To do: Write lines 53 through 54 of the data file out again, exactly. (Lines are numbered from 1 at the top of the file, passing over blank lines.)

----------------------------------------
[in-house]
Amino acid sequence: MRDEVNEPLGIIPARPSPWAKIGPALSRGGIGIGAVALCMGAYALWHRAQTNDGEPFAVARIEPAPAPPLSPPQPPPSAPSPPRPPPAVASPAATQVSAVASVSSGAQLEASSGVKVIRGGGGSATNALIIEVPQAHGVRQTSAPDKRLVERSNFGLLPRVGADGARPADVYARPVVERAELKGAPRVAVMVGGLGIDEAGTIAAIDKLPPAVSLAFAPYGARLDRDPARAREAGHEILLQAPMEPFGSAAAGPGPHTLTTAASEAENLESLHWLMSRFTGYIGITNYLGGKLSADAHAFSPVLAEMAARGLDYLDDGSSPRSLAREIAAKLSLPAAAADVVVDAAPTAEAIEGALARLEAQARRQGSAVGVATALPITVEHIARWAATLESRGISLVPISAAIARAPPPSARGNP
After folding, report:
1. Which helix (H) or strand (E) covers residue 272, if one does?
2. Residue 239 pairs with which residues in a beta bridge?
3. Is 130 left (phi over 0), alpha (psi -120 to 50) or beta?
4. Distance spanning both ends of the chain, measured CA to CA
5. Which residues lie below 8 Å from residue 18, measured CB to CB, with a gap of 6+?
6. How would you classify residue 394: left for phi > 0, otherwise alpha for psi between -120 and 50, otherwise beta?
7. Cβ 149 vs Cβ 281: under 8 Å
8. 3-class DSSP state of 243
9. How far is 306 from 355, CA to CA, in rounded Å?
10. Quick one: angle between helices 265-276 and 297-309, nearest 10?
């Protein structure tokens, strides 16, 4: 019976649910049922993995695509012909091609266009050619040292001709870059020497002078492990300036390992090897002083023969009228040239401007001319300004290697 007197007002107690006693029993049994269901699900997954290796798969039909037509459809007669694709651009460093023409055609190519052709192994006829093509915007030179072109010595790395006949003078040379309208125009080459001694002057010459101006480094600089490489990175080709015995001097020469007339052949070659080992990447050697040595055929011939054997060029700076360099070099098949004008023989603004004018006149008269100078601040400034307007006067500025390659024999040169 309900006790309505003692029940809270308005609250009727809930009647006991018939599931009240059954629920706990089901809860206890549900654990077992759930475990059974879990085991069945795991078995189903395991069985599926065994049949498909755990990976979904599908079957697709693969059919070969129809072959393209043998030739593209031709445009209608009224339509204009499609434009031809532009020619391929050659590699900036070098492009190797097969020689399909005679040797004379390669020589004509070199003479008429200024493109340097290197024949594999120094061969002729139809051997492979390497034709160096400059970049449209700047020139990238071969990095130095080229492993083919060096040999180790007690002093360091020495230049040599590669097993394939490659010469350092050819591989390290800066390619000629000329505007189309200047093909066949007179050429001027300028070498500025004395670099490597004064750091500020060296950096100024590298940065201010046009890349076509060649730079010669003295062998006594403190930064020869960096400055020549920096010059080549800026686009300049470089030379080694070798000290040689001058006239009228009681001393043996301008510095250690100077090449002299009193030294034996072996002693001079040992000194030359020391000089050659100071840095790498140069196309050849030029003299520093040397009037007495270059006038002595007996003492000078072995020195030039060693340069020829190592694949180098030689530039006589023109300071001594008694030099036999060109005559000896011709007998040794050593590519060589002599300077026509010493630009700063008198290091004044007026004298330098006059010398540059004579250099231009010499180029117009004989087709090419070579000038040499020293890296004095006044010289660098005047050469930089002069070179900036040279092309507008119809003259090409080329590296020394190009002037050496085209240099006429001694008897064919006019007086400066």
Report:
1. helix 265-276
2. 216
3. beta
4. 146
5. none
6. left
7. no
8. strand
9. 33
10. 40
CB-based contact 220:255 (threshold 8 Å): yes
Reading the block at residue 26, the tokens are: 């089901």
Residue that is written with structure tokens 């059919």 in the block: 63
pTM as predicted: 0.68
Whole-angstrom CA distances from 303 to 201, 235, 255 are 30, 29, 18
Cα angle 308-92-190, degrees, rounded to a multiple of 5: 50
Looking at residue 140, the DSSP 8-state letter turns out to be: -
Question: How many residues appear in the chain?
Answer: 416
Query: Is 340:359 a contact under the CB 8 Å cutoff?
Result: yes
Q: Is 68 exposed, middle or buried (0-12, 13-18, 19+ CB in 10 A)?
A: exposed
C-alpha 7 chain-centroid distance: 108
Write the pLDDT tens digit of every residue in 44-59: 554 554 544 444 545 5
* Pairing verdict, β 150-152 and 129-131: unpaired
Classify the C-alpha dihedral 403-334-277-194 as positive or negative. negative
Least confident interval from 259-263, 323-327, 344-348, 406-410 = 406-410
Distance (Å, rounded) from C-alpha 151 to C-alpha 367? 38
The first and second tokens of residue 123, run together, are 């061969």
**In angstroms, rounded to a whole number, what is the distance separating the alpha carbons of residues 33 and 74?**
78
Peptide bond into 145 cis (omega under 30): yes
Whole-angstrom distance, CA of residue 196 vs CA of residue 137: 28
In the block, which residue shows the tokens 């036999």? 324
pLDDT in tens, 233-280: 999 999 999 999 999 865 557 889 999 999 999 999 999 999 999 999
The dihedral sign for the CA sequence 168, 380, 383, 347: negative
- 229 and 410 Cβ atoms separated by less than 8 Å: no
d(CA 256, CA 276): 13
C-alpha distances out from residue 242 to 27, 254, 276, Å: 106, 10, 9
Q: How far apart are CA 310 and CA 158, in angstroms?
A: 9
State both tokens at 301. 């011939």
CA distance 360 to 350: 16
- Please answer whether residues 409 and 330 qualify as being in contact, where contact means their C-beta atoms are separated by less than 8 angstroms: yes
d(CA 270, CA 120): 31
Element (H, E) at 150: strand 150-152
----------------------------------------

- 229 and 410 Cβ atoms separated by less than 8 Å: no
d(CA 256, CA 276): 13